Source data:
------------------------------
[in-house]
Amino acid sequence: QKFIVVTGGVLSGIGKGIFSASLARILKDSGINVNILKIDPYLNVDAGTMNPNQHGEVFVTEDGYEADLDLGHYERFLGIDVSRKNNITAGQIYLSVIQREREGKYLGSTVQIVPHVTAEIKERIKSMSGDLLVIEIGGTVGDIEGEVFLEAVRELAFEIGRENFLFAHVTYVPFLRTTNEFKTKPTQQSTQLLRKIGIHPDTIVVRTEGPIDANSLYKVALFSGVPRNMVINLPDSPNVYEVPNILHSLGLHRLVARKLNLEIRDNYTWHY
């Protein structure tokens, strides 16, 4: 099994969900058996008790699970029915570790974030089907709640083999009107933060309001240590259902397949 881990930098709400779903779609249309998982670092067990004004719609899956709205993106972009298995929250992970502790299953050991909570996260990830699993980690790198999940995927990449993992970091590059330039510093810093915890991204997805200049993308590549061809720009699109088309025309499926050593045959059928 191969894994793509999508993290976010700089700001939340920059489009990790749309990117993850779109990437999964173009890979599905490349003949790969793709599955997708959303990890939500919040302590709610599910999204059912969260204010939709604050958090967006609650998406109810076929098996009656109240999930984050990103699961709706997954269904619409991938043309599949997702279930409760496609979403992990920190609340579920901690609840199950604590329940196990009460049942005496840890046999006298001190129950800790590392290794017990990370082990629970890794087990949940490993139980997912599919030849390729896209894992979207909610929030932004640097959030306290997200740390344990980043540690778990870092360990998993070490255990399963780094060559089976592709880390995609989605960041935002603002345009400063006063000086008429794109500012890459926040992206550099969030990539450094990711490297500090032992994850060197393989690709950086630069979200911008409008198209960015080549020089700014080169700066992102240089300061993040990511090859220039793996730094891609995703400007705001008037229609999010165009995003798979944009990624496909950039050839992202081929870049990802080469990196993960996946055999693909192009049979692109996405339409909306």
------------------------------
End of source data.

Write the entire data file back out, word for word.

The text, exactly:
[in-house]
Amino acid sequence: QKFIVVTGGVLSGIGKGIFSASLARILKDSGINVNILKIDPYLNVDAGTMNPNQHGEVFVTEDGYEADLDLGHYERFLGIDVSRKNNITAGQIYLSVIQREREGKYLGSTVQIVPHVTAEIKERIKSMSGDLLVIEIGGTVGDIEGEVFLEAVRELAFEIGRENFLFAHVTYVPFLRTTNEFKTKPTQQSTQLLRKIGIHPDTIVVRTEGPIDANSLYKVALFSGVPRNMVINLPDSPNVYEVPNILHSLGLHRLVARKLNLEIRDNYTWHY
């Protein structure tokens, strides 16, 4: 099994969900058996008790699970029915570790974030089907709640083999009107933060309001240590259902397949 881990930098709400779903779609249309998982670092067990004004719609899956709205993106972009298995929250992970502790299953050991909570996260990830699993980690790198999940995927990449993992970091590059330039510093810093915890991204997805200049993308590549061809720009699109088309025309499926050593045959059928 191969894994793509999508993290976010700089700001939340920059489009990790749309990117993850779109990437999964173009890979599905490349003949790969793709599955997708959303990890939500919040302590709610599910999204059912969260204010939709604050958090967006609650998406109810076929098996009656109240999930984050990103699961709706997954269904619409991938043309599949997702279930409760496609979403992990920190609340579920901690609840199950604590329940196990009460049942005496840890046999006298001190129950800790590392290794017990990370082990629970890794087990949940490993139980997912599919030849390729896209894992979207909610929030932004640097959030306290997200740390344990980043540690778990870092360990998993070490255990399963780094060559089976592709880390995609989605960041935002603002345009400063006063000086008429794109500012890459926040992206550099969030990539450094990711490297500090032992994850060197393989690709950086630069979200911008409008198209960015080549020089700014080169700066992102240089300061993040990511090859220039793996730094891609995703400007705001008037229609999010165009995003798979944009990624496909950039050839992202081929870049990802080469990196993960996946055999693909192009049979692109996405339409909306």